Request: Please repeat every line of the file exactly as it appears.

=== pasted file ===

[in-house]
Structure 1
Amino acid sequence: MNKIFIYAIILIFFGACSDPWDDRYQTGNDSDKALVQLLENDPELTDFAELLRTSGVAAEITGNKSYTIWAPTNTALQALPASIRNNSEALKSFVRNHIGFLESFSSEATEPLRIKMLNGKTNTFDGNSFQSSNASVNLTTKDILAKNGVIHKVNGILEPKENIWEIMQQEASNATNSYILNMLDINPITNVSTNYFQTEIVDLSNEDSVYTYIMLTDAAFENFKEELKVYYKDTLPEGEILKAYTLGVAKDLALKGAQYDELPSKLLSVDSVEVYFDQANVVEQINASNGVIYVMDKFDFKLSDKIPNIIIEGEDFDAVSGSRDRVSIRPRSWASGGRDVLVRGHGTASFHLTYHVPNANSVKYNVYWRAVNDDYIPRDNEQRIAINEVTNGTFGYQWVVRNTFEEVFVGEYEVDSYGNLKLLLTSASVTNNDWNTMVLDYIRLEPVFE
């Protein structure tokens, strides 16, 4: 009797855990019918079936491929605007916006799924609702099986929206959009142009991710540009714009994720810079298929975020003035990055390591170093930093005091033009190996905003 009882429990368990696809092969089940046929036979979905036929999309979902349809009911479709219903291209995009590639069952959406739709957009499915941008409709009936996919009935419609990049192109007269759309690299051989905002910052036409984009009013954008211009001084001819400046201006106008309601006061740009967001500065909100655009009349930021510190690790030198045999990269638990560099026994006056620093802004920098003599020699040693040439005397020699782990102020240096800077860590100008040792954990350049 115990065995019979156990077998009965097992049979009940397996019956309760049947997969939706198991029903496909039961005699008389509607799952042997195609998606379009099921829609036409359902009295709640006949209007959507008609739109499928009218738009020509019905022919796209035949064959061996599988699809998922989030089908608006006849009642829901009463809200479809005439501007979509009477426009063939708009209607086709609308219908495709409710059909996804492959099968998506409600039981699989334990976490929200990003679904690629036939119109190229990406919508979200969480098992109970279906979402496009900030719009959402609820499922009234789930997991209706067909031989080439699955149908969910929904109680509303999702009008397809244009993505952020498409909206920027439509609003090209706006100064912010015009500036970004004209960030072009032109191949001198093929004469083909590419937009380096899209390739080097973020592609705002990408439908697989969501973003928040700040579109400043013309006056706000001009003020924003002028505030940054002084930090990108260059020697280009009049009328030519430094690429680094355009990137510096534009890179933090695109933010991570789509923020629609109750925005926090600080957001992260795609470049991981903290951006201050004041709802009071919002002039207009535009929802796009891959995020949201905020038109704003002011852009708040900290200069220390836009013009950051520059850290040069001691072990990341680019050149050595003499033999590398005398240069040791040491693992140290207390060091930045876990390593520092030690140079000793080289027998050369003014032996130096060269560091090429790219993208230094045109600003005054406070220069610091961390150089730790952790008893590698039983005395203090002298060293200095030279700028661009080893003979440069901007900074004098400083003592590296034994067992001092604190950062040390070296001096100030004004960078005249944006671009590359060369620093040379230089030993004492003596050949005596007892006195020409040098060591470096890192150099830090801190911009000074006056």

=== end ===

[in-house]
Structure 1
Amino acid sequence: MNKIFIYAIILIFFGACSDPWDDRYQTGNDSDKALVQLLENDPELTDFAELLRTSGVAAEITGNKSYTIWAPTNTALQALPASIRNNSEALKSFVRNHIGFLESFSSEATEPLRIKMLNGKTNTFDGNSFQSSNASVNLTTKDILAKNGVIHKVNGILEPKENIWEIMQQEASNATNSYILNMLDINPITNVSTNYFQTEIVDLSNEDSVYTYIMLTDAAFENFKEELKVYYKDTLPEGEILKAYTLGVAKDLALKGAQYDELPSKLLSVDSVEVYFDQANVVEQINASNGVIYVMDKFDFKLSDKIPNIIIEGEDFDAVSGSRDRVSIRPRSWASGGRDVLVRGHGTASFHLTYHVPNANSVKYNVYWRAVNDDYIPRDNEQRIAINEVTNGTFGYQWVVRNTFEEVFVGEYEVDSYGNLKLLLTSASVTNNDWNTMVLDYIRLEPVFE
């Protein structure tokens, strides 16, 4: 009797855990019918079936491929605007916006799924609702099986929206959009142009991710540009714009994720810079298929975020003035990055390591170093930093005091033009190996905003 009882429990368990696809092969089940046929036979979905036929999309979902349809009911479709219903291209995009590639069952959406739709957009499915941008409709009936996919009935419609990049192109007269759309690299051989905002910052036409984009009013954008211009001084001819400046201006106008309601006061740009967001500065909100655009009349930021510190690790030198045999990269638990560099026994006056620093802004920098003599020699040693040439005397020699782990102020240096800077860590100008040792954990350049 115990065995019979156990077998009965097992049979009940397996019956309760049947997969939706198991029903496909039961005699008389509607799952042997195609998606379009099921829609036409359902009295709640006949209007959507008609739109499928009218738009020509019905022919796209035949064959061996599988699809998922989030089908608006006849009642829901009463809200479809005439501007979509009477426009063939708009209607086709609308219908495709409710059909996804492959099968998506409600039981699989334990976490929200990003679904690629036939119109190229990406919508979200969480098992109970279906979402496009900030719009959402609820499922009234789930997991209706067909031989080439699955149908969910929904109680509303999702009008397809244009993505952020498409909206920027439509609003090209706006100064912010015009500036970004004209960030072009032109191949001198093929004469083909590419937009380096899209390739080097973020592609705002990408439908697989969501973003928040700040579109400043013309006056706000001009003020924003002028505030940054002084930090990108260059020697280009009049009328030519430094690429680094355009990137510096534009890179933090695109933010991570789509923020629609109750925005926090600080957001992260795609470049991981903290951006201050004041709802009071919002002039207009535009929802796009891959995020949201905020038109704003002011852009708040900290200069220390836009013009950051520059850290040069001691072990990341680019050149050595003499033999590398005398240069040791040491693992140290207390060091930045876990390593520092030690140079000793080289027998050369003014032996130096060269560091090429790219993208230094045109600003005054406070220069610091961390150089730790952790008893590698039983005395203090002298060293200095030279700028661009080893003979440069901007900074004098400083003592590296034994067992001092604190950062040390070296001096100030004004960078005249944006671009590359060369620093040379230089030993004492003596050949005596007892006195020409040098060591470096890192150099830090801190911009000074006056």